Machu Picchu may have to close for two days each week

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The risks imposed on the Inca citadel of Machu Picchu would be lessened if it were closed to visitors for two days each week, said an expert speaking at the II Conference on Natural Disasters, which is taking place in Lima this week.

Patricio Valderrama, an environmental geologist at Peru’s National Institute of Geology, Mining and Metallurgy (INGEMMET) told efe that the 3,000 tourists visiting each day, as well as the constant flow of buses and trains, might cause instability or subsidence.

This is because the granite rocks that make up the mountain on which Machu Picchu stands “are very fractured, which has caused a number of landslides in the past,” said Valderrama.

He added that studies are being undertaken to determine how many daily visitors the site can safely sustain, and although a definitive answer has yet to be reached he said that “it wouldn’t do any harm to give it a couple of days off each week.”

According to the Peruvian scientists these risks of natural disaster were “identified by the Incas, who constructed platforms, terraces and containment walls as well as drainage systems designed optimally to draw off rainwater,” a serious problem in this part of the Cusco department.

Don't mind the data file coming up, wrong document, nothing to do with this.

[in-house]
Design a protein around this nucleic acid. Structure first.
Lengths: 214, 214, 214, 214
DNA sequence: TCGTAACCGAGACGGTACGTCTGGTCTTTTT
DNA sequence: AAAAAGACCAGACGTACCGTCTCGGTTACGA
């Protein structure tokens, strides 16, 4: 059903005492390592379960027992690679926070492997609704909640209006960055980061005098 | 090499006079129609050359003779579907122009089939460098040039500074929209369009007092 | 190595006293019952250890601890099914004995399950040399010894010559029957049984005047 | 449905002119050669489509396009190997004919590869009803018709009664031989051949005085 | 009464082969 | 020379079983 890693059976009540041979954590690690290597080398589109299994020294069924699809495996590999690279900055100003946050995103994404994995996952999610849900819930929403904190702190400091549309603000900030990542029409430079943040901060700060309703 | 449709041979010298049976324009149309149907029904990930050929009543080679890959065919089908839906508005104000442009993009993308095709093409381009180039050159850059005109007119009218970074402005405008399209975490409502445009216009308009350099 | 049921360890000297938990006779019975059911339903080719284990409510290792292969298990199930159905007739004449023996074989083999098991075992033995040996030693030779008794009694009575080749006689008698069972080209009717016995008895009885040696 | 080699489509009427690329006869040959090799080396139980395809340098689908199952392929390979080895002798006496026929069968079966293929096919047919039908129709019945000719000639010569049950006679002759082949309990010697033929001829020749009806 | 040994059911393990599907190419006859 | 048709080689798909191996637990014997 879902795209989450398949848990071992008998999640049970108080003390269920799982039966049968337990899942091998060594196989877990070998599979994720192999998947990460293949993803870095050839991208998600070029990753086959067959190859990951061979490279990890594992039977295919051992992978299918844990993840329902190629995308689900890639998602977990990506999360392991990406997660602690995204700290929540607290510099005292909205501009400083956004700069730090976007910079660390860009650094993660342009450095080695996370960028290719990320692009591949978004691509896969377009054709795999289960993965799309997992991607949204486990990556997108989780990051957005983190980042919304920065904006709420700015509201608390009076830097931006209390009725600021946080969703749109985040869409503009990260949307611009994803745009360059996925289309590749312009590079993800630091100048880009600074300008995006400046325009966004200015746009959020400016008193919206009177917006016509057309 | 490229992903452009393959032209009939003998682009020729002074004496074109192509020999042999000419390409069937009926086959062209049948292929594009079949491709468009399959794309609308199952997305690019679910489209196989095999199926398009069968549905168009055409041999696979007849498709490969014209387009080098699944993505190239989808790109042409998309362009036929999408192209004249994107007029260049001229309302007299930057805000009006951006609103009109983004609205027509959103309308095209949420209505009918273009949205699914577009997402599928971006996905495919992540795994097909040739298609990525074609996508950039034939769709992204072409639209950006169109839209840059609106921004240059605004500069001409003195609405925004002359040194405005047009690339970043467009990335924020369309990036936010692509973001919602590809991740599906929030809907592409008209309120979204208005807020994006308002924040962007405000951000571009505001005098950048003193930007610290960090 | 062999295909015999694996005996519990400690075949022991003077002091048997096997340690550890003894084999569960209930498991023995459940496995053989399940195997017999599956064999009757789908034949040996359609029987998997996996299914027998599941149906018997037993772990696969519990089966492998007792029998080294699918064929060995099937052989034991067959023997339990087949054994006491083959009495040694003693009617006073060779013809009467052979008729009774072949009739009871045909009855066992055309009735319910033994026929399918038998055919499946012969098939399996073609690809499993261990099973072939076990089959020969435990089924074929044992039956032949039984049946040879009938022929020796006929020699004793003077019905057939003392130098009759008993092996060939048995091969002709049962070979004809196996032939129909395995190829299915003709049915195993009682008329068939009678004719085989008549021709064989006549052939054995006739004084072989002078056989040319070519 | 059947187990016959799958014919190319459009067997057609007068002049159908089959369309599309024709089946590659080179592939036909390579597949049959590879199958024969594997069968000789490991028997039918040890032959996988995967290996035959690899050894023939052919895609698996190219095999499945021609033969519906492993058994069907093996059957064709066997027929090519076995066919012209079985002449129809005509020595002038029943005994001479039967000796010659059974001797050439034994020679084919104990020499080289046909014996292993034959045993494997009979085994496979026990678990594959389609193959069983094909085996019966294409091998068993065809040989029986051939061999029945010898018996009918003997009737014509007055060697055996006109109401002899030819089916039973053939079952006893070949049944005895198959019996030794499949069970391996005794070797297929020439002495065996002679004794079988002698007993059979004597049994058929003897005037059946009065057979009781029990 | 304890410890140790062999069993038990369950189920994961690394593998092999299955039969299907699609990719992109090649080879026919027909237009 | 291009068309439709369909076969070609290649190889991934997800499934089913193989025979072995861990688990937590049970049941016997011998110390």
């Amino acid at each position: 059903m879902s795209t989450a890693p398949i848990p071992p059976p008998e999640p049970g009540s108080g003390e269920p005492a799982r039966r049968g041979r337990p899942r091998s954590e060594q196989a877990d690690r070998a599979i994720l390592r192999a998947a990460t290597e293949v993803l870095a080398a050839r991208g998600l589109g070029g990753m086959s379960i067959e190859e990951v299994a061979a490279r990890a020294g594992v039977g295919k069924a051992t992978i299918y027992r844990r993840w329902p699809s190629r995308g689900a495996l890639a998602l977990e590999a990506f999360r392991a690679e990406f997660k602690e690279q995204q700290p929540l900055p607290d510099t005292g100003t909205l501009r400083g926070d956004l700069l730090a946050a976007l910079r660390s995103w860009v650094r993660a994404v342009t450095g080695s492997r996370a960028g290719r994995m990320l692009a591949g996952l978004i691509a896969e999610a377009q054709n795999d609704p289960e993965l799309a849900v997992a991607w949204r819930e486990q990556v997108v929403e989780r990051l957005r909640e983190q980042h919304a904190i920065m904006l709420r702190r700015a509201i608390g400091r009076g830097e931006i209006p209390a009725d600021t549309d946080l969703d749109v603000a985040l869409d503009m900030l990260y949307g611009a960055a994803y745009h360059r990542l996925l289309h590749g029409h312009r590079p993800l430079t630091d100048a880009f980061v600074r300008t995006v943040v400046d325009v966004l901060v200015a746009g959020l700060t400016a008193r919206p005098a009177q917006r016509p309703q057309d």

“All the same, with the passage of time these systems have fallen into disrepair and the rainwater is no longer draining off, which has brought about a return of certain small problems with the ground structure,” he said.

The geologist added that if these Inca structures are not conserved and repaired, some of the most representative part of the citadel such as the great tower, the three-windowed temple and the main plaza could be endangered by the instability of the terrain on which they are built. He told press that the National Institute of Culture has been working for the past three years to ensure that the systems of drainage channels are adequate, but warned that the number of tourists visiting each day could still bring about a serious risk of landslides.

Two years ago UNESCO warned Peru that if plans were not drawn up to protect Machu Picchu and adjacent ruins, the organisation could declare the site endangered, forcing the government to elaborate a master plan for its preservation.

Valderrama is one of 200 scientists from 44 countries who participated in the II Alexader Von Humboldt Conference on the Role of Geophysics in the Prevention of Natural Disasters, which took place in Lima throughout last week.

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